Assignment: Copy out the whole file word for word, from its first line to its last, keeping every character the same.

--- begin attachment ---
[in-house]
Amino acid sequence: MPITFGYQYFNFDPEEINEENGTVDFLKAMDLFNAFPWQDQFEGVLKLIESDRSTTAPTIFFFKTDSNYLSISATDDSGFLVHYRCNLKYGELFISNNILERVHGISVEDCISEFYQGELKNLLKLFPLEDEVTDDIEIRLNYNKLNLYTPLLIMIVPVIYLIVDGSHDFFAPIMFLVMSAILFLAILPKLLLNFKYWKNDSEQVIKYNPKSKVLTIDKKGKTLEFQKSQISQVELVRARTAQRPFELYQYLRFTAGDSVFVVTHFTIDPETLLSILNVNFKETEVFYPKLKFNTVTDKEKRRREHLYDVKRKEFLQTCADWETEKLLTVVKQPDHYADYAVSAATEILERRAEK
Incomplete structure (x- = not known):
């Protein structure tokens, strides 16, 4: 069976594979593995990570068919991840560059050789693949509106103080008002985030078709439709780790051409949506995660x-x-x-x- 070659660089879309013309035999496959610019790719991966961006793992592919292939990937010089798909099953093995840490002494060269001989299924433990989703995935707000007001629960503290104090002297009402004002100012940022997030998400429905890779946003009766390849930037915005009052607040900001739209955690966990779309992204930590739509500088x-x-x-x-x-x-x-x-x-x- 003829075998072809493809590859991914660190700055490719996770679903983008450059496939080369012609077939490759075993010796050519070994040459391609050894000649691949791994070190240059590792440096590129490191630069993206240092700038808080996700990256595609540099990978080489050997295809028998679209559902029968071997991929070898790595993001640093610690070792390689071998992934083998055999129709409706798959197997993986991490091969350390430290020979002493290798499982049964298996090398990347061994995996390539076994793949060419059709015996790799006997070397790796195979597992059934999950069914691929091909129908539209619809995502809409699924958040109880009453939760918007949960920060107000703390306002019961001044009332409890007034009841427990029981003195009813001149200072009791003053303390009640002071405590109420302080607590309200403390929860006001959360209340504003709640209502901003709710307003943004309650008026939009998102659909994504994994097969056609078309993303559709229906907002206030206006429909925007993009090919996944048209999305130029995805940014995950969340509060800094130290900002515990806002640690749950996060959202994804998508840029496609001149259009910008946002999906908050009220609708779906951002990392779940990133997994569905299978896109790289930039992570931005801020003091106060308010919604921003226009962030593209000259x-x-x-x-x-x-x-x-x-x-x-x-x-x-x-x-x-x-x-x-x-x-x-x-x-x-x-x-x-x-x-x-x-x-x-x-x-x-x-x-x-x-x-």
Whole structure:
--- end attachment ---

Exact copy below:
[in-house]
Amino acid sequence: MPITFGYQYFNFDPEEINEENGTVDFLKAMDLFNAFPWQDQFEGVLKLIESDRSTTAPTIFFFKTDSNYLSISATDDSGFLVHYRCNLKYGELFISNNILERVHGISVEDCISEFYQGELKNLLKLFPLEDEVTDDIEIRLNYNKLNLYTPLLIMIVPVIYLIVDGSHDFFAPIMFLVMSAILFLAILPKLLLNFKYWKNDSEQVIKYNPKSKVLTIDKKGKTLEFQKSQISQVELVRARTAQRPFELYQYLRFTAGDSVFVVTHFTIDPETLLSILNVNFKETEVFYPKLKFNTVTDKEKRRREHLYDVKRKEFLQTCADWETEKLLTVVKQPDHYADYAVSAATEILERRAEK
Incomplete structure (x- = not known):
């Protein structure tokens, strides 16, 4: 069976594979593995990570068919991840560059050789693949509106103080008002985030078709439709780790051409949506995660x-x-x-x- 070659660089879309013309035999496959610019790719991966961006793992592919292939990937010089798909099953093995840490002494060269001989299924433990989703995935707000007001629960503290104090002297009402004002100012940022997030998400429905890779946003009766390849930037915005009052607040900001739209955690966990779309992204930590739509500088x-x-x-x-x-x-x-x-x-x- 003829075998072809493809590859991914660190700055490719996770679903983008450059496939080369012609077939490759075993010796050519070994040459391609050894000649691949791994070190240059590792440096590129490191630069993206240092700038808080996700990256595609540099990978080489050997295809028998679209559902029968071997991929070898790595993001640093610690070792390689071998992934083998055999129709409706798959197997993986991490091969350390430290020979002493290798499982049964298996090398990347061994995996390539076994793949060419059709015996790799006997070397790796195979597992059934999950069914691929091909129908539209619809995502809409699924958040109880009453939760918007949960920060107000703390306002019961001044009332409890007034009841427990029981003195009813001149200072009791003053303390009640002071405590109420302080607590309200403390929860006001959360209340504003709640209502901003709710307003943004309650008026939009998102659909994504994994097969056609078309993303559709229906907002206030206006429909925007993009090919996944048209999305130029995805940014995950969340509060800094130290900002515990806002640690749950996060959202994804998508840029496609001149259009910008946002999906908050009220609708779906951002990392779940990133997994569905299978896109790289930039992570931005801020003091106060308010919604921003226009962030593209000259x-x-x-x-x-x-x-x-x-x-x-x-x-x-x-x-x-x-x-x-x-x-x-x-x-x-x-x-x-x-x-x-x-x-x-x-x-x-x-x-x-x-x-």
Whole structure: